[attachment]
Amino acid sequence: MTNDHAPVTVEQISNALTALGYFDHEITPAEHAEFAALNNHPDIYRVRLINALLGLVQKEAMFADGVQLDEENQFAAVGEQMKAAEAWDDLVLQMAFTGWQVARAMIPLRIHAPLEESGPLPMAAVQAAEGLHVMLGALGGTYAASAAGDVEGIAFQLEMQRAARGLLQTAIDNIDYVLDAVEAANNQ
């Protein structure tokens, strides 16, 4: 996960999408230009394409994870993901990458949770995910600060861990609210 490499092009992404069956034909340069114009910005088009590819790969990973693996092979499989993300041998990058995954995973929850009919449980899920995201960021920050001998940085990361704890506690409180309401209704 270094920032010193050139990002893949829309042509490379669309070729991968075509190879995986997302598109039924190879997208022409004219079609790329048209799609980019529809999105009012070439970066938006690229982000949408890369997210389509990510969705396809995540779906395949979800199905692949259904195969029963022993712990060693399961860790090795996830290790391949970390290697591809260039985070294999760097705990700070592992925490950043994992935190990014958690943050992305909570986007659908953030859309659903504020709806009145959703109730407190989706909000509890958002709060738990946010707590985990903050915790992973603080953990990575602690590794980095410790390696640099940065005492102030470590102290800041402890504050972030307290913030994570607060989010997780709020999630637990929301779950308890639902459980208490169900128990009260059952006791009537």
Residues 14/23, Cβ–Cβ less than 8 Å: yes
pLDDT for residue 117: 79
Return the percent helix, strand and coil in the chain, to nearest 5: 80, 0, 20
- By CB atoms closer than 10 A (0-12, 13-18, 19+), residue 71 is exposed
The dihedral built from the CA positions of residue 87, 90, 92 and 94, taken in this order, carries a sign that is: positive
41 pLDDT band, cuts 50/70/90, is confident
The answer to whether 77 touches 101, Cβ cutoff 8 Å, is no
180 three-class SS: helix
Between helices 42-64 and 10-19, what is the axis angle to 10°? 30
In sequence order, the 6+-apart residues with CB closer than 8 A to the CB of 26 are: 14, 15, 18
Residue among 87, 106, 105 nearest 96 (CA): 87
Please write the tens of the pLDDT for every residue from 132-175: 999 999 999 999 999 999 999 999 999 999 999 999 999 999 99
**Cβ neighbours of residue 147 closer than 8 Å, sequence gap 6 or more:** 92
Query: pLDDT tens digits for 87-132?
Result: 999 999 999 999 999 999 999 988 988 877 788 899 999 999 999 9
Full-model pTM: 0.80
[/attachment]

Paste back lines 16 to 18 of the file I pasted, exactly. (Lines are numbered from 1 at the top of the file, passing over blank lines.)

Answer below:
Query: pLDDT tens digits for 87-132?
Result: 999 999 999 999 999 999 999 988 988 877 788 899 999 999 999 9
Full-model pTM: 0.80